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2..Manual elevation of PV arrays to suit the Cairns Region

Arrays are facing north south


Photovoltaics, although getting cheaper, are still expensive and everyone will try to get the best value for their dollar when generating electricity from the sun. One money saving solution may be to manually elevate the PV arrays so as to follow the sun's seasonal movement throughout the year. Brian, an Engineer by profession, who lives in Jullaten in far north Queensland does just that with his arrays. They are shown on the left. Brian changes the elevation of his arrays twice per year. For the "summer" period, he makes the change on the 21st of September and for the "winter" period he makes the change on the 21st of March.



There are a number of methods to calculate these elevations but the simplest one, I feel, is a geometric calculation as shown in these sketches. If you go back to the previous section dealing with the sun path for Cairns, you will notice that at the middle of the day the sun path for mid-summer is 7 degrees south (pale blue line) and mid-winter is 42 degrees north (dark green line). Using this information the horizontal angles for the Cairns region calculate as follows: for the "summer" period it is 5 degrees and for the "winter" period the horizontal angle calculates as 30 degrees.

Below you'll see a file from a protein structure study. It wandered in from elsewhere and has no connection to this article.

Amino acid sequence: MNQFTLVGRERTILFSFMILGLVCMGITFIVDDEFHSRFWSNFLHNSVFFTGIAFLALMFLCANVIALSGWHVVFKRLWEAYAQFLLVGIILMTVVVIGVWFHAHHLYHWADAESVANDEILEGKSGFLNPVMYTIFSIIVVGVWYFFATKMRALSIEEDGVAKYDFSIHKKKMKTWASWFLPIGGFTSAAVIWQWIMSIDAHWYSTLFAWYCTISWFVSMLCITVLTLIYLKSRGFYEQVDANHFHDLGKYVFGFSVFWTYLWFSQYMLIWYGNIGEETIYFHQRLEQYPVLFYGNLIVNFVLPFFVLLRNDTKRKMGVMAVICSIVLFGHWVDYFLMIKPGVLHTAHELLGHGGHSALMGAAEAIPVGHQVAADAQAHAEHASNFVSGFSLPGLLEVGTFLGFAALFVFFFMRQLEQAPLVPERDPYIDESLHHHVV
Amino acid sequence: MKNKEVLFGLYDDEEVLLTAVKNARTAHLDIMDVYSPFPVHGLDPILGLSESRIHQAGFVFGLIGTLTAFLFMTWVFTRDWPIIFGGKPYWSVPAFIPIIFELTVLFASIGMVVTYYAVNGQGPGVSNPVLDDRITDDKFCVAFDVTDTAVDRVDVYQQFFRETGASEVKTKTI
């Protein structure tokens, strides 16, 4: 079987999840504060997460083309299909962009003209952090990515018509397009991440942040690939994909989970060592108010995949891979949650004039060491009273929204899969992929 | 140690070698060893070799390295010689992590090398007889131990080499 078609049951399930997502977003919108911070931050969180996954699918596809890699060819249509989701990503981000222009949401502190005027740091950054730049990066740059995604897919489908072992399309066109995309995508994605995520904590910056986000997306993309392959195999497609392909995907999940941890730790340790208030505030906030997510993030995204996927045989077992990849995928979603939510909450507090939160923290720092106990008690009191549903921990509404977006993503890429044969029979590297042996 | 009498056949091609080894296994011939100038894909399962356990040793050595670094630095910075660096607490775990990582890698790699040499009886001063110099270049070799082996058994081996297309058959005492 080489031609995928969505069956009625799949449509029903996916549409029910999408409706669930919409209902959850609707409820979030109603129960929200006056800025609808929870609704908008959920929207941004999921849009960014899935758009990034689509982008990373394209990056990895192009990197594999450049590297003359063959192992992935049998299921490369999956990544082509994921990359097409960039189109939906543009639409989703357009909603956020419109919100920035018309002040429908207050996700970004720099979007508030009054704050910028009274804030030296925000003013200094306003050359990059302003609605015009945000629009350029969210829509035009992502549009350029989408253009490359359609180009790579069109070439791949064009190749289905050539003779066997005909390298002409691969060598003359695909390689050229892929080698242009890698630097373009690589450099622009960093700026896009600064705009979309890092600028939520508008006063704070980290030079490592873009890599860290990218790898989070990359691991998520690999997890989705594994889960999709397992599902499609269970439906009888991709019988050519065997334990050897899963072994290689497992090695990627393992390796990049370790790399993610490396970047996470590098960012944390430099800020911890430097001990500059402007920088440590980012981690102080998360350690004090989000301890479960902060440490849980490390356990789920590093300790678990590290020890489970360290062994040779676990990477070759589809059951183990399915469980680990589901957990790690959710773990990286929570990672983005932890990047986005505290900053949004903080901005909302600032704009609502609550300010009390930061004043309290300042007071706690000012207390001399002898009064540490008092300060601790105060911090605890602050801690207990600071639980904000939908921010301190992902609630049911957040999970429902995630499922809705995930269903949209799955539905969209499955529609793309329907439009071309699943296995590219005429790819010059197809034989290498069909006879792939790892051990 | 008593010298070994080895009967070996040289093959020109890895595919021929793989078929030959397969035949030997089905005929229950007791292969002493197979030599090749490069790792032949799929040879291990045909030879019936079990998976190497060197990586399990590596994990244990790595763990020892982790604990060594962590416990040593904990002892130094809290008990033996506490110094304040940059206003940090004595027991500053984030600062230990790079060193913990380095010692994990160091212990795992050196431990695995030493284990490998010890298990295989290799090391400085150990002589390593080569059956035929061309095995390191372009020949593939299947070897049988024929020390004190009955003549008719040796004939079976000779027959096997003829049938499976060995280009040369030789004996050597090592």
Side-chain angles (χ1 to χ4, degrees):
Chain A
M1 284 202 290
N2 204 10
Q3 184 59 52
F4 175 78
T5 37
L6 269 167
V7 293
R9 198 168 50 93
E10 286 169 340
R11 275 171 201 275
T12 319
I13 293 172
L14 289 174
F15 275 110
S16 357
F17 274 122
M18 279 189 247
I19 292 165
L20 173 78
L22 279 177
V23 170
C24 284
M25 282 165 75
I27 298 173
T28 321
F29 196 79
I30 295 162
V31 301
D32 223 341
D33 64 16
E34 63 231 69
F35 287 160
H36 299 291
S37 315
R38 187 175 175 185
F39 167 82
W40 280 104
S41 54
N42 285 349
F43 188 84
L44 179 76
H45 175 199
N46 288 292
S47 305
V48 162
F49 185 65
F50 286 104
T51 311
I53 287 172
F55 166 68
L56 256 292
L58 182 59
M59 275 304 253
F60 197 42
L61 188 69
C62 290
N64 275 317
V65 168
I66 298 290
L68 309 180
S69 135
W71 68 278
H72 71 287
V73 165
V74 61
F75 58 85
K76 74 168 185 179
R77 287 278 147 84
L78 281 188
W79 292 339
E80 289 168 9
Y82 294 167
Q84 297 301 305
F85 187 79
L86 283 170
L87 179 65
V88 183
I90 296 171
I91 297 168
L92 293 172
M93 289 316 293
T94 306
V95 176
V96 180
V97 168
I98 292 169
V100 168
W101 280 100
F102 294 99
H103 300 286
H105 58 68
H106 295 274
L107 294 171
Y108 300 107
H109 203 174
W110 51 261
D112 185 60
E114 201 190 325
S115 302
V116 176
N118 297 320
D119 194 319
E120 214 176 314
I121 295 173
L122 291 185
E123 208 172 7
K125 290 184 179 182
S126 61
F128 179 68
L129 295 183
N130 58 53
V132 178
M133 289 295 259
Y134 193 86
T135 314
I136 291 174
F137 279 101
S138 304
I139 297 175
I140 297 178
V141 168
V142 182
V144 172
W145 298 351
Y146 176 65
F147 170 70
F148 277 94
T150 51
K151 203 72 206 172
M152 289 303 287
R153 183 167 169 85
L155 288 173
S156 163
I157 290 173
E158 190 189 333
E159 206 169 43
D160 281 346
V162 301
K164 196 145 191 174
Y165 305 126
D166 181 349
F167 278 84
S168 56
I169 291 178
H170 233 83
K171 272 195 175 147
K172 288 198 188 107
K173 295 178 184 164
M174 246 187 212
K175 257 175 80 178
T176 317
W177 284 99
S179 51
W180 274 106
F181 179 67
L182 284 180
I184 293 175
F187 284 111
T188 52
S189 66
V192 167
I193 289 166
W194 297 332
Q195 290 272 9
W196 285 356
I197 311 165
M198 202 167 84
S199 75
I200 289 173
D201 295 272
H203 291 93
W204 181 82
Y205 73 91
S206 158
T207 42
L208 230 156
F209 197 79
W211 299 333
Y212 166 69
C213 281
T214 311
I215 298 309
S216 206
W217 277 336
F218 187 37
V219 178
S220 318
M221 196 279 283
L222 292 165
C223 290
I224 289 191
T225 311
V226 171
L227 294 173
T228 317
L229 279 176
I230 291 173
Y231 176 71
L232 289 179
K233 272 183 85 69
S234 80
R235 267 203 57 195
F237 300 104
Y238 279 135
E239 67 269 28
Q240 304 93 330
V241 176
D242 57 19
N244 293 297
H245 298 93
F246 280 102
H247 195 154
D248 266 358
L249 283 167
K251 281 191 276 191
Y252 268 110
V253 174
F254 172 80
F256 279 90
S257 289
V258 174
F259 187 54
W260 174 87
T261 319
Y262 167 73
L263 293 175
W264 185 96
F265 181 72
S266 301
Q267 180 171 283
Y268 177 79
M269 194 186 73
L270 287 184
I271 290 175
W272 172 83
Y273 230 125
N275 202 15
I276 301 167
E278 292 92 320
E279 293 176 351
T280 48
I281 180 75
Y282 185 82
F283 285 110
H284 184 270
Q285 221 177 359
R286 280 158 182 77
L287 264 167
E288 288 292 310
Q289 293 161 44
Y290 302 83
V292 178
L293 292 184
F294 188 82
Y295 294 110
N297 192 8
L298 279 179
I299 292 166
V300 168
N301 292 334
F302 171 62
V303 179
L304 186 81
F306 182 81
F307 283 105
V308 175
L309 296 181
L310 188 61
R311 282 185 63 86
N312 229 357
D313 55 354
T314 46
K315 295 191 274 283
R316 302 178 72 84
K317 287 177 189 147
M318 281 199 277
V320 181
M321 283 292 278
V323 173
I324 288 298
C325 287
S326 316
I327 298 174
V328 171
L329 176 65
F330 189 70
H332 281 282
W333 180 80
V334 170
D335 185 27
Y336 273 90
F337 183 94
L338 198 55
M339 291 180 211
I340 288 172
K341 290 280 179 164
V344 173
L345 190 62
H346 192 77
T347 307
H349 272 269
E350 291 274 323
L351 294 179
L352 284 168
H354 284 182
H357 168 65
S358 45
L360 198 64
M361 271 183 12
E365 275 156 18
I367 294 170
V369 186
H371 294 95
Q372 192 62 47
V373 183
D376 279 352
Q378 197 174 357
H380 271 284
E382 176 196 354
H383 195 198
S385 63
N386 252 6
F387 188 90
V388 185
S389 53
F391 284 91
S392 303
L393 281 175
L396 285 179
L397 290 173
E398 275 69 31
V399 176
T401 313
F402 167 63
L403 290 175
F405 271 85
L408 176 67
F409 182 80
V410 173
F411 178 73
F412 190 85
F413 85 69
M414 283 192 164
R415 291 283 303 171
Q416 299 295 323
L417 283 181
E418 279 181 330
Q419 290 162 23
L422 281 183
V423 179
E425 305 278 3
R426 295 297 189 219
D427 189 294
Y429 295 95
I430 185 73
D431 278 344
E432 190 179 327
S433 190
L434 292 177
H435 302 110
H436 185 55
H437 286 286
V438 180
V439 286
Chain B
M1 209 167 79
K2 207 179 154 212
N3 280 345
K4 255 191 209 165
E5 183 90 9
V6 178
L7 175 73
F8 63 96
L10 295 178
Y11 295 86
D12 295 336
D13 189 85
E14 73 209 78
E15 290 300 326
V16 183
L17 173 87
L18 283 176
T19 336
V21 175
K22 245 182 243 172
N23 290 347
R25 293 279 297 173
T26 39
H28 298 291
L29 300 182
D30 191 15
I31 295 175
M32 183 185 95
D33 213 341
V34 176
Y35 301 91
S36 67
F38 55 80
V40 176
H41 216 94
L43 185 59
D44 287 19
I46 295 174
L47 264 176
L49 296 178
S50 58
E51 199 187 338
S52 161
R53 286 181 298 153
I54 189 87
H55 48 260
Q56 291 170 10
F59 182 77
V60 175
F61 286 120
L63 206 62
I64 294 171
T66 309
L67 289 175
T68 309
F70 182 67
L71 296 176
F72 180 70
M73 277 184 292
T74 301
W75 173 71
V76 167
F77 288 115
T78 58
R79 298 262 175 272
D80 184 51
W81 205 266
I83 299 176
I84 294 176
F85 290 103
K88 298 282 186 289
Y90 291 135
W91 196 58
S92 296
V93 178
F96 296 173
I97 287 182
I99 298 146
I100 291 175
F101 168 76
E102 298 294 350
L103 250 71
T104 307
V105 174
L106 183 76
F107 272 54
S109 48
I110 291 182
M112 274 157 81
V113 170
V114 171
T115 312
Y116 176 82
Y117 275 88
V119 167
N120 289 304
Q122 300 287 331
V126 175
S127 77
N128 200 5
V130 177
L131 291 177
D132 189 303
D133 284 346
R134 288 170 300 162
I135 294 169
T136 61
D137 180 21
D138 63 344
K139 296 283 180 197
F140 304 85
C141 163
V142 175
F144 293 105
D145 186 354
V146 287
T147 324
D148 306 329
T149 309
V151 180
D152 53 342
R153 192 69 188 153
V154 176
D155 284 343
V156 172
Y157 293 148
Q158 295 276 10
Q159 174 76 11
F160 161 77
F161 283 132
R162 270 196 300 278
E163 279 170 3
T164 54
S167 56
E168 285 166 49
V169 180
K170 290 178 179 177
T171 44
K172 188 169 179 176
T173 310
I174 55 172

Also, positioning the panels at a reasonable height above the roof has an additional benefit as well. Let Brian explain:

"Notice that the arrays have a gap between the panels as well as being well raised off the roof. There are two reasons for this: One, in the event of high winds (cyclone in the extreme) the spaces diffuse some of the pressure. In cyclonic conditions the array is laid horizontally.

The other purpose is, under normal conditions, the gap between the panels allows for air circulation [see left & below], thereby helping to keep the temperature of the modules down, thus enhancing the efficiency of the electricity conversion." [Less heat results in less electrical resistance. NOTE: The Australian Government website "Your Home" has this statement in its technical manual : "Crystalline modules need to be cool. Output efficiency of crystalline PV arrays decreases by 0.5 per cent per degree Celcius over the standard test temperature of 25°C"].


Brian is critical of some installers who use cheaper grade modules. Although passing all govenmental requirements, these modules don't measure up in efficiency when compared to the more expensive brands. Also, Brian disapproves of the way some panels are placed. Often the installers place them on a roof that just happens to mostly face north, and are often mounted flat with little clearance from the roof. This can trap the heat generated by the sun on the roof.

A tour of housing around the Cairns region reveals that little attention is being paid to placing the PV array such that its electrical output can be maximised. The attitude seems to be, if you want more electricity from the sun then get more panels! Certainly, many residents would feel uncomfortable about having a single axis tracker placed on their roof. So what is an alternative? The answer may be an array placed and fixed on the roof at the mid-angle. The next section compares the electrical output of both systems in tropical regions, such as Cairns.

NOTE: This section and the previous one were the basis of an article published in ReNew magazine in their April-June issue of 2012. Click here.

Behind the array


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